Centre seeks feedback on accessibility standards for TV programmes for hearing impaired
The Centre has sought feedback from the public and stakeholders on accessibility standards which aim to make television content, including news, more accessible and inclusive for persons with hearing disabilities.
In a recent notification, the ministry of information and broadcasting asked for feedback and suggestions within 21 days on ''Accessibility Standards for Television Programmes for Hearing Impaired''.
''This ministry is in process to get the 'Accessibility Standards for Television Programmes for Hearing Impaired' notified under the Rights of Persons with Disabilities Act, 2016 through the Department of Empowerment of Persons with Disabilities (DEPwD), Ministry of Social Justice and Empowerment for making television content more inclusive for persons with hearing disabilities.
''Ministry of Information and Broadcasting solicits feedback/comments from general public/stakeholders in respect of the formulated standards within a period of 21 days from the date of publication of this notice preferably in electronic form...,'' the ministry said.
The 'Accessibility Standards for Television Programmes for Hearing Impaired' were issued in 2019 in which it had directed service providers to deliver sub-titles/closed captioning/sign language across specified television programmes in order to ensure access by hearing impaired to such television programmes. However, it shall be at the discretion of the service provider/broadcaster to choose any one or more option from 'closed captioning, subtitles, open captioning and/or sign language' as will be most suited to the format of the programme and requirement of the viewers.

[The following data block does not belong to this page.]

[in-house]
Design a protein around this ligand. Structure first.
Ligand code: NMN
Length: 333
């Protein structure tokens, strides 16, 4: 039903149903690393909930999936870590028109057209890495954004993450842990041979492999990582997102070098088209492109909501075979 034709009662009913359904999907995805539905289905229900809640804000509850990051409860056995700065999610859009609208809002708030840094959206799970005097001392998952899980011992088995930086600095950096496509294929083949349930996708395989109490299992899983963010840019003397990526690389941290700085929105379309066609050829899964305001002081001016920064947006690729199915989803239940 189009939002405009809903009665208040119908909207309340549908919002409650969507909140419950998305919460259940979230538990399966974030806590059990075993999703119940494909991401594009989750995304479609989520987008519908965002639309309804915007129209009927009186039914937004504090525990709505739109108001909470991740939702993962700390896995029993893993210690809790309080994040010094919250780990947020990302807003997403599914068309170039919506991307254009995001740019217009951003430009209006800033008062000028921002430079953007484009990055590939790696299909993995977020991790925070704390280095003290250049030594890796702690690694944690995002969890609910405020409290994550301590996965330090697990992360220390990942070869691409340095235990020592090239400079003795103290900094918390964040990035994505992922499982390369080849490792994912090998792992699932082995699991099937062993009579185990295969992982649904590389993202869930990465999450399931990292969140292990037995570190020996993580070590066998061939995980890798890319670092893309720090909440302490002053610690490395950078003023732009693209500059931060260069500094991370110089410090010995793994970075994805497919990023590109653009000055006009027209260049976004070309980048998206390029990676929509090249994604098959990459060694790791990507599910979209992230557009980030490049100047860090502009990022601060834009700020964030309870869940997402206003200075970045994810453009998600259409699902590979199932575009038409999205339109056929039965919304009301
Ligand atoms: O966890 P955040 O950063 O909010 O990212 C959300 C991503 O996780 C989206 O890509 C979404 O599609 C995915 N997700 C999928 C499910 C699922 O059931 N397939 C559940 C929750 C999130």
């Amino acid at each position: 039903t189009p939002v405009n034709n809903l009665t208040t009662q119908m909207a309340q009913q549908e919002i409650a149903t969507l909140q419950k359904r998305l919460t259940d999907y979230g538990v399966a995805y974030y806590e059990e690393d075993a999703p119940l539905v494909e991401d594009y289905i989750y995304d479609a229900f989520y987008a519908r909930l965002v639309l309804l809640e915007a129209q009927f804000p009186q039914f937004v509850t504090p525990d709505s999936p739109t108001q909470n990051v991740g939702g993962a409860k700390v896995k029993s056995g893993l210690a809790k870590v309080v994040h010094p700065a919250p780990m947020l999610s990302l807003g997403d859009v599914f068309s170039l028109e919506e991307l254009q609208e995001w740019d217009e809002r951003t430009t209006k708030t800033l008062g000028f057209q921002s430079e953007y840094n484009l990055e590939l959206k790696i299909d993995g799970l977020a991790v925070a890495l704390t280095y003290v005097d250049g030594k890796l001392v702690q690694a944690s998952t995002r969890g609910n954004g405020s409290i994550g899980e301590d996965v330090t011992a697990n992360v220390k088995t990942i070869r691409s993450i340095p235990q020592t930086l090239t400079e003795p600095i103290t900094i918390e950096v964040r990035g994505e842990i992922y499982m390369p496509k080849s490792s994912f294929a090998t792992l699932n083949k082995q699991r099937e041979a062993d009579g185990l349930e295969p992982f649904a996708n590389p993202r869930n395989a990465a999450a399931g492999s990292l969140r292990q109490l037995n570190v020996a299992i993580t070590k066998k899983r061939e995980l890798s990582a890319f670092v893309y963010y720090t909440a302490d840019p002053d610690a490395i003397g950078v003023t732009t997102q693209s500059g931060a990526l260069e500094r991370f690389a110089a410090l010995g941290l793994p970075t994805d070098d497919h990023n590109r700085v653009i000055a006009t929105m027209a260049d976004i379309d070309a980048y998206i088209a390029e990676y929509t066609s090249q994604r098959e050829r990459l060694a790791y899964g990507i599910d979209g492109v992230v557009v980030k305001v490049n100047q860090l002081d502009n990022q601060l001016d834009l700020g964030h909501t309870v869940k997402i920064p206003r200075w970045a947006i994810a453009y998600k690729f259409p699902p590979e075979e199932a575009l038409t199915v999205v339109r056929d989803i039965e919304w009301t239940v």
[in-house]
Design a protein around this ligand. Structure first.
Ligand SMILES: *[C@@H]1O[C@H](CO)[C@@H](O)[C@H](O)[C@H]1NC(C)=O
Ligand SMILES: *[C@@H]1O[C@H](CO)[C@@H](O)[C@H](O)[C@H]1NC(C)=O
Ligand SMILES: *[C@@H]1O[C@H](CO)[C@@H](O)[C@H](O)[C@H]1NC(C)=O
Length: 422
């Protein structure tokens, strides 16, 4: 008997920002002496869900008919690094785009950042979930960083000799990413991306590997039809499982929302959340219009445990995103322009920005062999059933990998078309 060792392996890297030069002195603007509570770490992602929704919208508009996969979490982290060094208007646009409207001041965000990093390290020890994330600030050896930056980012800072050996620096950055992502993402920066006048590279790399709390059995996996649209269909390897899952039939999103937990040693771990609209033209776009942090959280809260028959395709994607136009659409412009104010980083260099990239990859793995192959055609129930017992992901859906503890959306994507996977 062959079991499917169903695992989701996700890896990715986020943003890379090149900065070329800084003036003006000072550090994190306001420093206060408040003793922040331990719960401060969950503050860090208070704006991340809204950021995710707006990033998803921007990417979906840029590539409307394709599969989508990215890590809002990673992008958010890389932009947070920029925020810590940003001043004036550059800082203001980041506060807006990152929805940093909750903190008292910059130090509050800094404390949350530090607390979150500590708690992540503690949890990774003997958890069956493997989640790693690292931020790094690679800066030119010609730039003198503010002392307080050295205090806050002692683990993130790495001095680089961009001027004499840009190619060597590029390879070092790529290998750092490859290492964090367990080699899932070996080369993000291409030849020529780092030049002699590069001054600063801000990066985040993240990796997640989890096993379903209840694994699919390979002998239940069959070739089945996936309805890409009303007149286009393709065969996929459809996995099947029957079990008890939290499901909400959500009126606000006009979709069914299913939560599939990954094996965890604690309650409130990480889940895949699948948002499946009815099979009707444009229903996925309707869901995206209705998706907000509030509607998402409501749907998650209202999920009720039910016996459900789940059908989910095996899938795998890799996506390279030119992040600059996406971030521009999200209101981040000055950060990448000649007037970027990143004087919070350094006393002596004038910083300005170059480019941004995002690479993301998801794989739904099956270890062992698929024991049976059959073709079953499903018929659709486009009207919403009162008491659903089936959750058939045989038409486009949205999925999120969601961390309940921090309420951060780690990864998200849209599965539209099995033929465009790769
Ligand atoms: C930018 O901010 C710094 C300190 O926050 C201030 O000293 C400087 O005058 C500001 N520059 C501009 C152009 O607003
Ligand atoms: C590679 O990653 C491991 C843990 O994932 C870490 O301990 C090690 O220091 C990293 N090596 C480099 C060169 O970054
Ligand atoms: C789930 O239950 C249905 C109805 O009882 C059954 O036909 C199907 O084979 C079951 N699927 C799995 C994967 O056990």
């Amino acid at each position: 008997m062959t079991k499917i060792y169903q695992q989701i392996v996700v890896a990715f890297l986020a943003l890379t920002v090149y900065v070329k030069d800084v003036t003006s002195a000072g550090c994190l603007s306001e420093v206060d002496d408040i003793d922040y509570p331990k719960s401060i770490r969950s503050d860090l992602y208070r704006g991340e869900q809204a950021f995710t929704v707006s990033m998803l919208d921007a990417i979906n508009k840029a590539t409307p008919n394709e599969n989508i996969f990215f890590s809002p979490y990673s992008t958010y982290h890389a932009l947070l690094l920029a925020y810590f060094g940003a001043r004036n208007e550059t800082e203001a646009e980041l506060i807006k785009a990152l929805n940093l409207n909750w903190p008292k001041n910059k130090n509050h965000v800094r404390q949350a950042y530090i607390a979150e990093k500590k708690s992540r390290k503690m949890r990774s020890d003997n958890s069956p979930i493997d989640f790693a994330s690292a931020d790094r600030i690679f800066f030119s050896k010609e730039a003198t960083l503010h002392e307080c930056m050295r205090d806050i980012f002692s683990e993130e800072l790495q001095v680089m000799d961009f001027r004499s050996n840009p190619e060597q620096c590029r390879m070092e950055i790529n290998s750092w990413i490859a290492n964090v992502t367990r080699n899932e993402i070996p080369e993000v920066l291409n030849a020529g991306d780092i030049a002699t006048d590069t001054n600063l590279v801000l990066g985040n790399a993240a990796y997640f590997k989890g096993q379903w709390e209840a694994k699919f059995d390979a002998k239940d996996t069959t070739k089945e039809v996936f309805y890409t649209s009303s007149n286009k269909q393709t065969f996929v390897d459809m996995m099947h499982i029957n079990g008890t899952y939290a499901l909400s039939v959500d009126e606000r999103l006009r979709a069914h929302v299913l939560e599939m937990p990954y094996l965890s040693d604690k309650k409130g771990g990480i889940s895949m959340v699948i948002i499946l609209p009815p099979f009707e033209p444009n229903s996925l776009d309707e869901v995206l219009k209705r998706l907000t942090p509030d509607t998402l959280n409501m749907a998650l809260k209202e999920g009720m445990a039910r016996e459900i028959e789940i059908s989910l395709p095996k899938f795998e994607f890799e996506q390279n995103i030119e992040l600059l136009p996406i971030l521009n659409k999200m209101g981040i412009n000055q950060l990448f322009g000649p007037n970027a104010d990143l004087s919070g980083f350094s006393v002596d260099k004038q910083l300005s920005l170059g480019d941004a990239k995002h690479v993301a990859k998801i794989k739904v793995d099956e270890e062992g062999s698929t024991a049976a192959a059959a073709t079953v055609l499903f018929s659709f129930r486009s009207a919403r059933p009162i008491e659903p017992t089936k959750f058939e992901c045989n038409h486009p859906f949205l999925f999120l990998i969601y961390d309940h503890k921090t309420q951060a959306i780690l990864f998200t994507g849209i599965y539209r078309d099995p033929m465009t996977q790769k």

In closed captioning, both the audio dialogue and sound representations of an audio-video content are made visible via on-screen text that is synchronised with the audio content on demand by the user.
In open captioning, the user does not have to do anything in order to see captions for the hearing impaired, as these are an integral part of the picture and cannot be turned off.
''The captioning should be accurate, synchronised, complete and free from errors of spelling and grammar,'' it said.
However, those TV channels which achieve an average audience share of all households over a 12 month period of less than one per cent are excluded from providing the accessible services set out in this policy, the ministry said.
(This story has not been edited by Devdiscourse staff and is auto-generated from a syndicated feed.)